The animal lowered its head and took several swallows of the clear, cool water. Then without warning and for no visible reason, as far as the old Doctor could see, the horse suddenly jerked its head high and with its ears pointed forward, gave a loud snort which was followed by a shrill neigh as the horse leaped across the branch. It happened so unexpectedly that the rider was nearly thrown. Telling about it later, the old doctor swore that at the same time the horse jumped he felt the arms of a woman go around his waist as he caught the illusive fragrance of perfume.
The horse broke into a headlong gallop and Dr. Case was struggling with all his strength to get the animal under control.
Out of the corner of his eyes, he told later, that he could see the creature was dressed in a flimsy white gown and her long stringy hair was streaming behind as the horse plunged ahead. The old man was not superstitious and he had seen many strange things over the years as he traveled the lonely mountain roads visiting his patients. Woman or Devil! He could feel her arms tighten around him but when he tried to pull her hands apart there was nothing to pull. "Why, it was just like a body trying to take holt of a moon beam or a streak of light!" he said when telling about it. "I was beginning to get a mite scared too, what with that wild hag of a witch breathing down my neck and that fool horse in a dead gallop!"
When he finally managed to bring his horse to a stop, the animal stood in the middle of the road, legs wide apart, breathing heavily, sweat dripping from his body. The apparition in the filmy while gown quickly seemed to slip to the ground and vanished without a sound. The horse had galloped from the nameless stream to the foot of the mountain at the JESSE SENTELLE place. The old doctor, when telling of his experience afterwards, said that he had never in all of his life had such a thing happen to him although his practice of medicine had taken him to strange places where he had seen unusual things.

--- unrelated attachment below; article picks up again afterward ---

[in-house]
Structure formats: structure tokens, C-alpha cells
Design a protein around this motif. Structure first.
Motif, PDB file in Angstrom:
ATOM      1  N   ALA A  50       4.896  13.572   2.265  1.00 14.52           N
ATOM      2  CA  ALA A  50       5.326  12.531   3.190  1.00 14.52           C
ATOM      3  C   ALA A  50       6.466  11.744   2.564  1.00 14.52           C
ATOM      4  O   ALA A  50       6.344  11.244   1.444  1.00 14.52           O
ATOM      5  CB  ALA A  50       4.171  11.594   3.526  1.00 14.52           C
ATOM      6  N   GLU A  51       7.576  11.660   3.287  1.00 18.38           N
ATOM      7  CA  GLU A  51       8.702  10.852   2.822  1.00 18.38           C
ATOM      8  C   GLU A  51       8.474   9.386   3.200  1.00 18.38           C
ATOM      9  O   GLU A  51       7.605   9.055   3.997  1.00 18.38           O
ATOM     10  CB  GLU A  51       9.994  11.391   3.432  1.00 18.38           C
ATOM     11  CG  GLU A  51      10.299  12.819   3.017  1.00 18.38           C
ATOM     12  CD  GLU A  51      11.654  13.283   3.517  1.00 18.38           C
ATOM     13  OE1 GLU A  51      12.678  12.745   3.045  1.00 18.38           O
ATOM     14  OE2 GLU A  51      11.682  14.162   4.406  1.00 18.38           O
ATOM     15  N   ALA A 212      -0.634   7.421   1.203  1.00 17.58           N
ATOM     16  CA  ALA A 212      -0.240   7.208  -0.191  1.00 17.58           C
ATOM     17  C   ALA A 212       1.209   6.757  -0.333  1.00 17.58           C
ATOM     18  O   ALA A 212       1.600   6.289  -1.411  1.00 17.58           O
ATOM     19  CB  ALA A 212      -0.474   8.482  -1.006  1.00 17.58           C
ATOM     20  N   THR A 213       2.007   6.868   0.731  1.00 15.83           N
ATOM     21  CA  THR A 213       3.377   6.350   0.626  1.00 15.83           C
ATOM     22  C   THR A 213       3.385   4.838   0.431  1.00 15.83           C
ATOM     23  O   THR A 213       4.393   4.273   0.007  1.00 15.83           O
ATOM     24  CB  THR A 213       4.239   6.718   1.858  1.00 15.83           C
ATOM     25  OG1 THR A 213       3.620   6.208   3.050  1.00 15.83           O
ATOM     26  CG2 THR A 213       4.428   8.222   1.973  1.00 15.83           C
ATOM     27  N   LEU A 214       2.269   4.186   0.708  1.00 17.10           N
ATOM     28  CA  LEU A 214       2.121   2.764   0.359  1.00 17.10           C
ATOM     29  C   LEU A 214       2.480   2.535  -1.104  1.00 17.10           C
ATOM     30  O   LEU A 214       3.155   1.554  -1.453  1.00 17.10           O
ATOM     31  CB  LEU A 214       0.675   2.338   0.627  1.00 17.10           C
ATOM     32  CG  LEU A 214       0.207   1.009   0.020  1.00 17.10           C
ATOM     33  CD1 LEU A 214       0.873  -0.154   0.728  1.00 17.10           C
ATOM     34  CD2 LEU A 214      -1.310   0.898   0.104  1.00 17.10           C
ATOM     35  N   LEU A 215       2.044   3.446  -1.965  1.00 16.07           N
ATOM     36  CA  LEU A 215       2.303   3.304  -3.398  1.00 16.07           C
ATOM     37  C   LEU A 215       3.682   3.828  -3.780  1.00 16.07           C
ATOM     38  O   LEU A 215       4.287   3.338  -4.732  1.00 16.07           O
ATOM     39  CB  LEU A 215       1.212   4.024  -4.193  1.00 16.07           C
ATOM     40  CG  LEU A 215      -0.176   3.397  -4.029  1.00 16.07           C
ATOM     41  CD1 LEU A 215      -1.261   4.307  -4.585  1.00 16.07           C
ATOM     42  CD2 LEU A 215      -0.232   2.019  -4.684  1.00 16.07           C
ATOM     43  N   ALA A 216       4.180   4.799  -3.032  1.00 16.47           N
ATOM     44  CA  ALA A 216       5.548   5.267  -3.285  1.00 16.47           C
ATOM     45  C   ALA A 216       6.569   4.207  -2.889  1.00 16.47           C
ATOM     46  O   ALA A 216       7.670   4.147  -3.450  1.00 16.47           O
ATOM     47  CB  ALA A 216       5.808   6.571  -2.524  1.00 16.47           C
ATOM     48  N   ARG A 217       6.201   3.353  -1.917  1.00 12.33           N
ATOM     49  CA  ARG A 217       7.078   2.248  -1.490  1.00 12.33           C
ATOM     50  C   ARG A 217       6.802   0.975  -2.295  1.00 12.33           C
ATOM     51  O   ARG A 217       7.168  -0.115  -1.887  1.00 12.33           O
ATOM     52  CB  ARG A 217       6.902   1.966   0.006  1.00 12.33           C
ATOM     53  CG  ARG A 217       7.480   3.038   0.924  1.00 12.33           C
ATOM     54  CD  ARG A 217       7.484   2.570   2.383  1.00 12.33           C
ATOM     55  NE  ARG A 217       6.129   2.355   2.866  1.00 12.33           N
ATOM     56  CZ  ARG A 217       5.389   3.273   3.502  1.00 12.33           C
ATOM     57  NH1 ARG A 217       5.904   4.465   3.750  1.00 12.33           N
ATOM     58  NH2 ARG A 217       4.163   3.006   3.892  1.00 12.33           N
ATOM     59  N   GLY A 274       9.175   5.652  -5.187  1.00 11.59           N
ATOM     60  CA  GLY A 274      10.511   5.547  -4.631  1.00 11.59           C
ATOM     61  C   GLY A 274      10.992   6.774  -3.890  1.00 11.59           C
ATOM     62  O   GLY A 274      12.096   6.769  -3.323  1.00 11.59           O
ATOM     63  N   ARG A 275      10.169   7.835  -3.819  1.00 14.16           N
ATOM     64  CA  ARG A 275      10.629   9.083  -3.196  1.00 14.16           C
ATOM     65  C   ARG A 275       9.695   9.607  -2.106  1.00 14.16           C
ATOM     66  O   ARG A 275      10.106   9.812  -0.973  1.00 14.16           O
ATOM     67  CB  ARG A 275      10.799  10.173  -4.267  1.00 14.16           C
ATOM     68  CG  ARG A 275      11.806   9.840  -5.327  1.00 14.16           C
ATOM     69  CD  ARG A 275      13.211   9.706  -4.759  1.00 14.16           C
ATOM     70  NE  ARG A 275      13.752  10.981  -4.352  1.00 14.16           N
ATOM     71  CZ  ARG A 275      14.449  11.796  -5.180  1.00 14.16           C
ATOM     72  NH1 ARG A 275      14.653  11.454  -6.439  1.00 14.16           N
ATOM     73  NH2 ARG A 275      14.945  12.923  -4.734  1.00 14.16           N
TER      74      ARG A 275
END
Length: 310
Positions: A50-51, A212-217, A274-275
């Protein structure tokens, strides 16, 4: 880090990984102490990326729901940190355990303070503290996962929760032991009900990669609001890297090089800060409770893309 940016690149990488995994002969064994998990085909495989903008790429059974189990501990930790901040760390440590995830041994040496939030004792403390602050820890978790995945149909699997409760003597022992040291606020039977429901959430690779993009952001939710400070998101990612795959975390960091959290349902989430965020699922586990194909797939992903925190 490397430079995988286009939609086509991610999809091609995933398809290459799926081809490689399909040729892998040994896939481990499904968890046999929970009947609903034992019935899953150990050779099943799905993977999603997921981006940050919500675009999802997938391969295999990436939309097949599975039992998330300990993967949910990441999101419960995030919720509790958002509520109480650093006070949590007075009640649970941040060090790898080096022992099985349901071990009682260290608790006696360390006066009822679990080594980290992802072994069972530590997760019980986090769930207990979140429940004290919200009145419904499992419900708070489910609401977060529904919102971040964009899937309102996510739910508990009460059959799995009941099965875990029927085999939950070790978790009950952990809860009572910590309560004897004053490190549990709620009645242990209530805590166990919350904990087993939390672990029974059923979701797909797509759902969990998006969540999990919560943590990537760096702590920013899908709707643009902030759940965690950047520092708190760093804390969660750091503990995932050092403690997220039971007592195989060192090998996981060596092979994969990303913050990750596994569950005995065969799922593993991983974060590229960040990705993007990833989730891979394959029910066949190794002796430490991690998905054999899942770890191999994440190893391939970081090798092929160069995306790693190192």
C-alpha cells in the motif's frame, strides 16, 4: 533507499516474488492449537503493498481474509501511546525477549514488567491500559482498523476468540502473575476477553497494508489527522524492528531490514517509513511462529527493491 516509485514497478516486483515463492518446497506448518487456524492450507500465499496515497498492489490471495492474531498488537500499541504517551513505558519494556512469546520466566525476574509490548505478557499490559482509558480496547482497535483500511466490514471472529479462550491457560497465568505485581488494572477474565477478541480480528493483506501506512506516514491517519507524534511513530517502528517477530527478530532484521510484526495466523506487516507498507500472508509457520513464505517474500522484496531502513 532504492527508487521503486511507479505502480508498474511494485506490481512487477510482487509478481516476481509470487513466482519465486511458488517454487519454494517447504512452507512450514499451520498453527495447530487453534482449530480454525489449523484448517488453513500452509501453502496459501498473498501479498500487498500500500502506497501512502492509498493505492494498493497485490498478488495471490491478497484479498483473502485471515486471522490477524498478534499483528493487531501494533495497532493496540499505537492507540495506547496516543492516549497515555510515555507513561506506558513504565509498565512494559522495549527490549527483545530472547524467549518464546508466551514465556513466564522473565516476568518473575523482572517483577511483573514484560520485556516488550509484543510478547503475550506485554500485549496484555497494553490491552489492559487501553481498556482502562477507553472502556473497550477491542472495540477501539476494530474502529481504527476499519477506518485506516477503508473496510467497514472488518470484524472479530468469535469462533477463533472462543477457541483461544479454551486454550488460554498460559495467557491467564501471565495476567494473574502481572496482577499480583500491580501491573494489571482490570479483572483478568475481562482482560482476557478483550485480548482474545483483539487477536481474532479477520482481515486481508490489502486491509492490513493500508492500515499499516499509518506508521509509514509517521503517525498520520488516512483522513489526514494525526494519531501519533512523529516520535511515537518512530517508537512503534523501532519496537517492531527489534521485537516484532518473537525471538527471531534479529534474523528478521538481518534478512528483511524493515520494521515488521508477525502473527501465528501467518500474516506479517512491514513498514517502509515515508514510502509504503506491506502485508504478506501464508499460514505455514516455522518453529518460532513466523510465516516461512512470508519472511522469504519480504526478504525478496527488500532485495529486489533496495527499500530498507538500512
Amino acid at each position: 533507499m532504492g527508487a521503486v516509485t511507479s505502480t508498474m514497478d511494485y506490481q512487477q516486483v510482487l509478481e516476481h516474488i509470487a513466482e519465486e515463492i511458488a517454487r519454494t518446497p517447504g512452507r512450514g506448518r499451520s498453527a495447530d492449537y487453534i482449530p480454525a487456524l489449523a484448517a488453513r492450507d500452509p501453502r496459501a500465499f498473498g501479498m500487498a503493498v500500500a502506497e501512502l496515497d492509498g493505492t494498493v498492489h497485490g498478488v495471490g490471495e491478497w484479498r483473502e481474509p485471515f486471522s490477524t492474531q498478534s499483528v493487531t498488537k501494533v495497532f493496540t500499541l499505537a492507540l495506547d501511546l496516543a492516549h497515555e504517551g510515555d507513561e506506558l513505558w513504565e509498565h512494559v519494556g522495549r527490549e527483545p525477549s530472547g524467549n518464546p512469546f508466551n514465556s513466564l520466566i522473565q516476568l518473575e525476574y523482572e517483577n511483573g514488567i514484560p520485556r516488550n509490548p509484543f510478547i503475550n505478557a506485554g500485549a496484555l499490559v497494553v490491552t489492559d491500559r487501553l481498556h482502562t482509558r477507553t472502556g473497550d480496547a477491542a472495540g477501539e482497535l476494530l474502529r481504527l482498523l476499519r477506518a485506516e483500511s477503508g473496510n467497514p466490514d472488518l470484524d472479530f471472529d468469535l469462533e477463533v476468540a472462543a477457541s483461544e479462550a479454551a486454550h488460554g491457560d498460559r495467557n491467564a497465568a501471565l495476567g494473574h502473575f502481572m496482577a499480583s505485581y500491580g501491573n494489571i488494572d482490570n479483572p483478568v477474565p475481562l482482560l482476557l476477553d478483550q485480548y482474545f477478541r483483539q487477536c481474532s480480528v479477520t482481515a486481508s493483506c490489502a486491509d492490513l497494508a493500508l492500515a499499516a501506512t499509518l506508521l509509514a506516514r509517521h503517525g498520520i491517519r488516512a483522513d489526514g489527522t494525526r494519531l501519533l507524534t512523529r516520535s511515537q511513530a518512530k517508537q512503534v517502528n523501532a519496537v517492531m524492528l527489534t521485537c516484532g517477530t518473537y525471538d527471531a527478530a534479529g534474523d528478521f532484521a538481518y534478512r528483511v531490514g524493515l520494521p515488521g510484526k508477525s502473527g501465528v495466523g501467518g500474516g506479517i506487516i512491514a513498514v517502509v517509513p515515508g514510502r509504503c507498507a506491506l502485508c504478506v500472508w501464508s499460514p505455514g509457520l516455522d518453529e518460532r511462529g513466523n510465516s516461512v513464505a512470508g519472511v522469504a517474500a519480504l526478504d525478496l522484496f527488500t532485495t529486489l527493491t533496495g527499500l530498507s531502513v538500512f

Muttering and mumbling to himself and his horse, he continued his journey, treated his patient and started back to HORSE SHOE. Just as he reached the same stream of water where the apparition had suddenly mounted his horse, the same white clothed figure stepped out of the bushes and took his horse by the bridle. The doctor, now bone weary and sleepy, was in no mood for tricks. He quickly dismounted to see what was going on and that figure simply vanished again.
Afterwards, when he told about the night's experience at the unnamed branch that flowed across the BIG WILLOW ROAD, people shook their heads. Maybe the old doctor was taking too much of his own medicine from that earthen jug that night. But then JIM MURRAY, a dependable man who wagoned back and forth a lot, told how several nights after Doctor Case's experience his team stopped at the same branch. He could see a bunch of cows in front of him. He jumped off his wagon with his whip to drive them out of the way. The cows and a white creature with long flowing hair in their midst vanished without a sound.
From that time on the little stream flowing across the BIG WILLOW ROAD was called 'HAUNTED BRANCH" and it is so called to this day.
FROM BOOK IN HENDERSONVILLE LIBRARY,
HENDERSONVILLE, NORTH CAROLINA
Entitled "TRILOGY", VOL. 1, 2, 3, BY FRANK L. FITZSIMONS; GOLDEN GLOW PUBLISHING COMPANY 1977"